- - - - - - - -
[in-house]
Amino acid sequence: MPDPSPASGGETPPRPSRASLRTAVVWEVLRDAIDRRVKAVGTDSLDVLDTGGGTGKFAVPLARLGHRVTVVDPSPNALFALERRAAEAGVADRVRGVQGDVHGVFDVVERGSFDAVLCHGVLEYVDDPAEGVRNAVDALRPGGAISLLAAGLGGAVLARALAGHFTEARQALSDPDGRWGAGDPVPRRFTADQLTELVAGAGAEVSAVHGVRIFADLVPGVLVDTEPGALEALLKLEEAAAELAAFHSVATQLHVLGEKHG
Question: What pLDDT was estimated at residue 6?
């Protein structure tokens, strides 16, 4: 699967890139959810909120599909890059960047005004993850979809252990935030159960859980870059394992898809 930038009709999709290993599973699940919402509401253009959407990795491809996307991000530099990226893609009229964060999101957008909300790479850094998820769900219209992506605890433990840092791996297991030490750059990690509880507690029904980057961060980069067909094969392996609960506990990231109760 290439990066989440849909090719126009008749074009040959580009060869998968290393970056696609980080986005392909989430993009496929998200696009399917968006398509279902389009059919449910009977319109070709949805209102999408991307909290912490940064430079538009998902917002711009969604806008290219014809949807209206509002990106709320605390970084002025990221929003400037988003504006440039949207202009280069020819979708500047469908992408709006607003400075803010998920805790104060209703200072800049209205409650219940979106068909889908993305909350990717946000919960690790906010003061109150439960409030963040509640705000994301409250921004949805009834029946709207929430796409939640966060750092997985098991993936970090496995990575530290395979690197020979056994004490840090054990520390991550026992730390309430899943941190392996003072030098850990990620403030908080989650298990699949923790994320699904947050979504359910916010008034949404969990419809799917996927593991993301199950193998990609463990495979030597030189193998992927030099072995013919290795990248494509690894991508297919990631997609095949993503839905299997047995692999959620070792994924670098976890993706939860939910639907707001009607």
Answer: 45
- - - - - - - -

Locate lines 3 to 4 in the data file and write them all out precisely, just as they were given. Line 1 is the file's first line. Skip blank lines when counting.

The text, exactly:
Question: What pLDDT was estimated at residue 6?
């Protein structure tokens, strides 16, 4: 699967890139959810909120599909890059960047005004993850979809252990935030159960859980870059394992898809 930038009709999709290993599973699940919402509401253009959407990795491809996307991000530099990226893609009229964060999101957008909300790479850094998820769900219209992506605890433990840092791996297991030490750059990690509880507690029904980057961060980069067909094969392996609960506990990231109760 290439990066989440849909090719126009008749074009040959580009060869998968290393970056696609980080986005392909989430993009496929998200696009399917968006398509279902389009059919449910009977319109070709949805209102999408991307909290912490940064430079538009998902917002711009969604806008290219014809949807209206509002990106709320605390970084002025990221929003400037988003504006440039949207202009280069020819979708500047469908992408709006607003400075803010998920805790104060209703200072800049209205409650219940979106068909889908993305909350990717946000919960690790906010003061109150439960409030963040509640705000994301409250921004949805009834029946709207929430796409939640966060750092997985098991993936970090496995990575530290395979690197020979056994004490840090054990520390991550026992730390309430899943941190392996003072030098850990990620403030908080989650298990699949923790994320699904947050979504359910916010008034949404969990419809799917996927593991993301199950193998990609463990495979030597030189193998992927030099072995013919290795990248494509690894991508297919990631997609095949993503839905299997047995692999959620070792994924670098976890993706939860939910639907707001009607």